A research vessel from Russia has reportedly been prospecting for natural gas and oil in the Antarctic. It came and docked in SA on Saturday amid protests led by green campaigners stating that its operations in the region violate a treaty that bans mineral exploration.
Several members of the Extinction Rebellion environmental group had banners that read “Hands off Antarctica” as the polar explorer vessel Akademik Alexander Karpinsky reached as scheduled in Cape Town in the morning.
Several protesters from Extinction Rebellion and Greenpeace recently demonstrated at the port, highlighting that the vessel’s seismic surveys in the Antarctic have threatened marine life in the zone and violated a 1958 international agreement.
A 1998 amendment to the 55-nation Antarctic Treaty, to which both SA and Russia are signatories, limits mineral extractions and explorations in the region.
RosGeo, the state-owned Russian exploration firm that operates the Akademik Alexander Karpinsky, mentions it has been conducting research in the designated part of Antarctica in Russia. It has been doing so since 1970 to explore hydrocarbons.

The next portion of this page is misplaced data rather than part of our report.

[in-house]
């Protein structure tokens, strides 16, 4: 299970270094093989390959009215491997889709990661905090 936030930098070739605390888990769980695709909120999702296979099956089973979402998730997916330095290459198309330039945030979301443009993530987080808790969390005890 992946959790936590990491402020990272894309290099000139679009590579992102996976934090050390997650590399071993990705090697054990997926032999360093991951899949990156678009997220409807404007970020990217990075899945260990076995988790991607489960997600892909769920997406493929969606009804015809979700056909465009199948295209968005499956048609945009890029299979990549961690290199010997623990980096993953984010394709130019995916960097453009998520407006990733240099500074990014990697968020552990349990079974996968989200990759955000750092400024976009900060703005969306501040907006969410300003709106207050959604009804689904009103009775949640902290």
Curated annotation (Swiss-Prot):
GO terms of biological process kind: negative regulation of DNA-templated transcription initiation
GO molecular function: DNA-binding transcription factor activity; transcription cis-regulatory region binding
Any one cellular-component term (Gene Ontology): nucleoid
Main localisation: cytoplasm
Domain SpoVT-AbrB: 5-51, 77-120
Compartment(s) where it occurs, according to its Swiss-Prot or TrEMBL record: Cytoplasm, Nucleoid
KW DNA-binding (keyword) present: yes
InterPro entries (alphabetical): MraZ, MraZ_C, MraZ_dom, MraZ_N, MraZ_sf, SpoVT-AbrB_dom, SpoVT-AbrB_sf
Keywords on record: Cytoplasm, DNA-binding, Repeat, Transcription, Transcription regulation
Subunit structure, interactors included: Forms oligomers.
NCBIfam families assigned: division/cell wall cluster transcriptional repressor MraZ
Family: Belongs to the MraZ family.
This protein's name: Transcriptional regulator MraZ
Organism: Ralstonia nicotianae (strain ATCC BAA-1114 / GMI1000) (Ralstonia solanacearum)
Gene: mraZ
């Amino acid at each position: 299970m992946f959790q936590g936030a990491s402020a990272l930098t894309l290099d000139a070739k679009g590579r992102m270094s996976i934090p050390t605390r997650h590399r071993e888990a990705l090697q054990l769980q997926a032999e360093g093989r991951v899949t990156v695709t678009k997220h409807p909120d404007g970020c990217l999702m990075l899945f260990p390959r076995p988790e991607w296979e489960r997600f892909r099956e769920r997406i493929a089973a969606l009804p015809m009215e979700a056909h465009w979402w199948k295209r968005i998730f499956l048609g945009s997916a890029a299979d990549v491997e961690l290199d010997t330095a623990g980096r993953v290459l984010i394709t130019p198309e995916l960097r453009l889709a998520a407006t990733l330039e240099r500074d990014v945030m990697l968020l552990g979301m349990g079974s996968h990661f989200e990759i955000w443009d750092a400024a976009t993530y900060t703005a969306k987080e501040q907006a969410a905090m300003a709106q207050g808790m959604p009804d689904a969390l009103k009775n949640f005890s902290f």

Per the official RosGeos website, the designated area’s hydrocarbon potential is estimated at approximately 70 billion tons.
Cassie Goodman, an Extinction Rebellion representative, mentioned that the government was complicit in environmental damages by permitting the ship from Russia to dock.
Cyril Ramaphosa’s government maintains cordial relations with Russia. On the other hand, SA claims to be impartial about the Ukraine conflict. It has abstained from voting on the UN resolutions about war.
Earlier this week, Russia’s foreign minister Sergei Lavrov visited SA, and the two nations with China are preparing to conduct a military exercise on the east coast around February 17 up to February 27.
References: The Hindu, BusinessLive
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